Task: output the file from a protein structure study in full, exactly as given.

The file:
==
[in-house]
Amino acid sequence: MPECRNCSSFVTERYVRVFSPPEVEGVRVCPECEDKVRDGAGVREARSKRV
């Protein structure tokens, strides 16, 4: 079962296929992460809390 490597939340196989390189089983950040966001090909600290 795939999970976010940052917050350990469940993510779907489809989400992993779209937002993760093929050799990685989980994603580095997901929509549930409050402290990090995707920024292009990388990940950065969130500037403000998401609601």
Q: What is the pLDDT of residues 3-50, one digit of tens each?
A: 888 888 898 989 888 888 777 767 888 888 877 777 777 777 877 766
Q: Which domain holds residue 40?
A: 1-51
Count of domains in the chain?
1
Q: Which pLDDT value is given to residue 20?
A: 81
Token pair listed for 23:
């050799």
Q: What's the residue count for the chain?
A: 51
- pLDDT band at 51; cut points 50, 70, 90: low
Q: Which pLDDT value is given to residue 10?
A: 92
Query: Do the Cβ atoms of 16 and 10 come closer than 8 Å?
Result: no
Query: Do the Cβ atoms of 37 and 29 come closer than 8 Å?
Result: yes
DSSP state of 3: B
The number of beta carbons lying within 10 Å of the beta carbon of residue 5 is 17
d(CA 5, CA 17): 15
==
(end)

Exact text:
[in-house]
Amino acid sequence: MPECRNCSSFVTERYVRVFSPPEVEGVRVCPECEDKVRDGAGVREARSKRV
């Protein structure tokens, strides 16, 4: 079962296929992460809390 490597939340196989390189089983950040966001090909600290 795939999970976010940052917050350990469940993510779907489809989400992993779209937002993760093929050799990685989980994603580095997901929509549930409050402290990090995707920024292009990388990940950065969130500037403000998401609601």
Q: What is the pLDDT of residues 3-50, one digit of tens each?
A: 888 888 898 989 888 888 777 767 888 888 877 777 777 777 877 766
Q: Which domain holds residue 40?
A: 1-51
Count of domains in the chain?
1
Q: Which pLDDT value is given to residue 20?
A: 81
Token pair listed for 23:
């050799």
Q: What's the residue count for the chain?
A: 51
- pLDDT band at 51; cut points 50, 70, 90: low
Q: Which pLDDT value is given to residue 10?
A: 92
Query: Do the Cβ atoms of 16 and 10 come closer than 8 Å?
Result: no
Query: Do the Cβ atoms of 37 and 29 come closer than 8 Å?
Result: yes
DSSP state of 3: B
The number of beta carbons lying within 10 Å of the beta carbon of residue 5 is 17
d(CA 5, CA 17): 15